Biography

Dissent of the Form - Reclining

Artist, Inger Nova Jorgensen was born in Michigan, left the Midwest at seventeen years old and moved to in Sonoma County, California. Two years later she began an exploration of The Pacific Northwest and eventually landed in Northern California where she received a degree in Fine Art & Teaching with Honors at Humboldt State University. She resides now in Oregon with her Fiance, renowned Guitarist, Jeff Pevar.

In 2006 Inger founded Bohemia Gallery Fine Art and Framing in Ashland, where she exhibited contemporary art from national and local artists (including her own) for 6 years while also running a state-of-the-art framing studio out of the gallery. While running a popular gallery was a successful and significant endeavor, passion for her own art was essential, and Inger sold the gallery so that she could focus on painting, sculpting, and music.

In 2009 and 2010, honored with fellowships to attend an international painters week in Domburg, Netherlands, Inger was inspired by and worked alongside extraordinary painters from 10 different countries. These events engaged her to experience art with a different perspective, and a new path for her work emerged. Colors and textures changed, and a fresh voice began to surface. She has returned several times to Europe since, and is always deeply influenced upon return. Her most recent trip prompted and entirely new body of work, which led to her most recent series of paintings.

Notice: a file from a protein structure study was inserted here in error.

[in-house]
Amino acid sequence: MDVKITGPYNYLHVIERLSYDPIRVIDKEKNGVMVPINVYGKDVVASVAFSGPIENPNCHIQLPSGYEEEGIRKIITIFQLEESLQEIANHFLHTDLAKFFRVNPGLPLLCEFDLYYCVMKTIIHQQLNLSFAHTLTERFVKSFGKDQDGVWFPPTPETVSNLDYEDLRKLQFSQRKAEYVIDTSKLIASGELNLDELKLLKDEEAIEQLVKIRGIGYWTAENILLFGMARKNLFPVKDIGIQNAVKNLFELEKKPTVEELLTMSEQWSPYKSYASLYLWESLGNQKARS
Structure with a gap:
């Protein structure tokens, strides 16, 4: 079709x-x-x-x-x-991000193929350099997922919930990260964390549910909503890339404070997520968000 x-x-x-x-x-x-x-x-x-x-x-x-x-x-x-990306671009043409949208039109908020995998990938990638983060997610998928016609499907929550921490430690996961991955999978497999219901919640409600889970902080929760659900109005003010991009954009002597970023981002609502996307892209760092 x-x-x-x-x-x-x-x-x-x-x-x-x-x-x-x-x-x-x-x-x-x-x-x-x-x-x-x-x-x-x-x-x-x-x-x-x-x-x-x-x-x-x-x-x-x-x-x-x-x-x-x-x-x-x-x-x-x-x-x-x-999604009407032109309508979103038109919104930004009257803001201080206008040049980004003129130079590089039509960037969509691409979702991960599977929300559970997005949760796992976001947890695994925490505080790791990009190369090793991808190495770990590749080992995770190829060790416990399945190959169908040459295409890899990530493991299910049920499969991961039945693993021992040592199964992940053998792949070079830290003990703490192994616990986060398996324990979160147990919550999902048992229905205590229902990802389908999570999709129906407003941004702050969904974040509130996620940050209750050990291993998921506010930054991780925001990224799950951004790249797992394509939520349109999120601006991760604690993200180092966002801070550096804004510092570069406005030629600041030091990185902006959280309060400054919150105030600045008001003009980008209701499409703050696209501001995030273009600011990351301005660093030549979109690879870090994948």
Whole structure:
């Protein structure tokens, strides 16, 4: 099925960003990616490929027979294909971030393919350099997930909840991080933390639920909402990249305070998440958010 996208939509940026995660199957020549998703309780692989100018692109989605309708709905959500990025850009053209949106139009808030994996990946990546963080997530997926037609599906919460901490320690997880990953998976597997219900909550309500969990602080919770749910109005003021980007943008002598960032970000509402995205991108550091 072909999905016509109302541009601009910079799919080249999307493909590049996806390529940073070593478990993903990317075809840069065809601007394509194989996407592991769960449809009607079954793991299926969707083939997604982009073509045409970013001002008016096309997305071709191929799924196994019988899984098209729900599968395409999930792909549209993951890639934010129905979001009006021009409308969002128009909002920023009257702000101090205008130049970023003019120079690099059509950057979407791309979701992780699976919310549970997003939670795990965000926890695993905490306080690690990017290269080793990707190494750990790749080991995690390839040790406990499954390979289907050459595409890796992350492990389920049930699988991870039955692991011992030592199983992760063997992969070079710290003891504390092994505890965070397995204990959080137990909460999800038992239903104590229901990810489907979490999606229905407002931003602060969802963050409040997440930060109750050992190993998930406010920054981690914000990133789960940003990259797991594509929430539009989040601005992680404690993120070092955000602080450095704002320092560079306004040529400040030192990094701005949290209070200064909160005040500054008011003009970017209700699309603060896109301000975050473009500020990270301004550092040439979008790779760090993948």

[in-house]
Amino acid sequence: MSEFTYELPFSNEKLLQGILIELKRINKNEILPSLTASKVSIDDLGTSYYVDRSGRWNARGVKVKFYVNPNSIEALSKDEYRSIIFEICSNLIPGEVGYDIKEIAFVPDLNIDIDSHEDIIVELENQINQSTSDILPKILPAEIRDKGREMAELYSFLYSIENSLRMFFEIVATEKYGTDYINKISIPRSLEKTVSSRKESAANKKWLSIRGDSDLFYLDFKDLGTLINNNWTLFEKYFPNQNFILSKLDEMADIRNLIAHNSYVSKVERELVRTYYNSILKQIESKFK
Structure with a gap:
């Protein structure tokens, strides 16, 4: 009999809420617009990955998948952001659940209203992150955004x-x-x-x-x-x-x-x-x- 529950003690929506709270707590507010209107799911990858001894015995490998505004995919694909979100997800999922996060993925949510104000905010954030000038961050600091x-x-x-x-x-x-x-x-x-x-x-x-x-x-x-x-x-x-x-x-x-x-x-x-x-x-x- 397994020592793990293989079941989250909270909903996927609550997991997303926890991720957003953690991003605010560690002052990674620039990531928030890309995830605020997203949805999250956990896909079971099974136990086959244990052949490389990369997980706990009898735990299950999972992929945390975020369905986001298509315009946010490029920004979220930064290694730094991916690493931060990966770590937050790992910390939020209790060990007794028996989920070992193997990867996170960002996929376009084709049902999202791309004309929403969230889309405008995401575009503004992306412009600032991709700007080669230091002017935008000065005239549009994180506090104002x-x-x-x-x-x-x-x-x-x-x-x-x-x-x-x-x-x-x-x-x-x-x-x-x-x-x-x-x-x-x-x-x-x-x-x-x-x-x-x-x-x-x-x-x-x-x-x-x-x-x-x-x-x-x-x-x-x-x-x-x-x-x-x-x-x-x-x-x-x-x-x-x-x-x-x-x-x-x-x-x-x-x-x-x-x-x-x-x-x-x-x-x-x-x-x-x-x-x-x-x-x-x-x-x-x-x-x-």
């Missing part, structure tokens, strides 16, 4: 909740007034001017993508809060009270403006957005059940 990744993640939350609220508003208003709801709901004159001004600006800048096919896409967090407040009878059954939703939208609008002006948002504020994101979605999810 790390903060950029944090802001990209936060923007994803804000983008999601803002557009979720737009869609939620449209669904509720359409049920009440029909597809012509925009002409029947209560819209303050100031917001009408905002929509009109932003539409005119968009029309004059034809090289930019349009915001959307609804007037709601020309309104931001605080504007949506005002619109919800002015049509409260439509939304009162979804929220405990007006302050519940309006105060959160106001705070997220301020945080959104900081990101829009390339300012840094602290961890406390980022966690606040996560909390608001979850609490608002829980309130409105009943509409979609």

Inger’s musical endeavors (including “LOVEBITE”, Zepdrix, & “Bohemian Soul” with Jeff Pevar) have also provided her with a source of inspiration – it has been said that her original songs and her voice having unmistakable similarities to her art. Creating art since she was a young child, Inger has primarily focused on the figure, but has recently broadened into abstract work and also works three dimensionally in clay and bronze. Inger continues to paint while creating large-scale figurative sculptures in her home studio and at Enclave Studios & Gallery in the former Ashland Daily Tidings building where the artist collective holds quarterly exhibitions.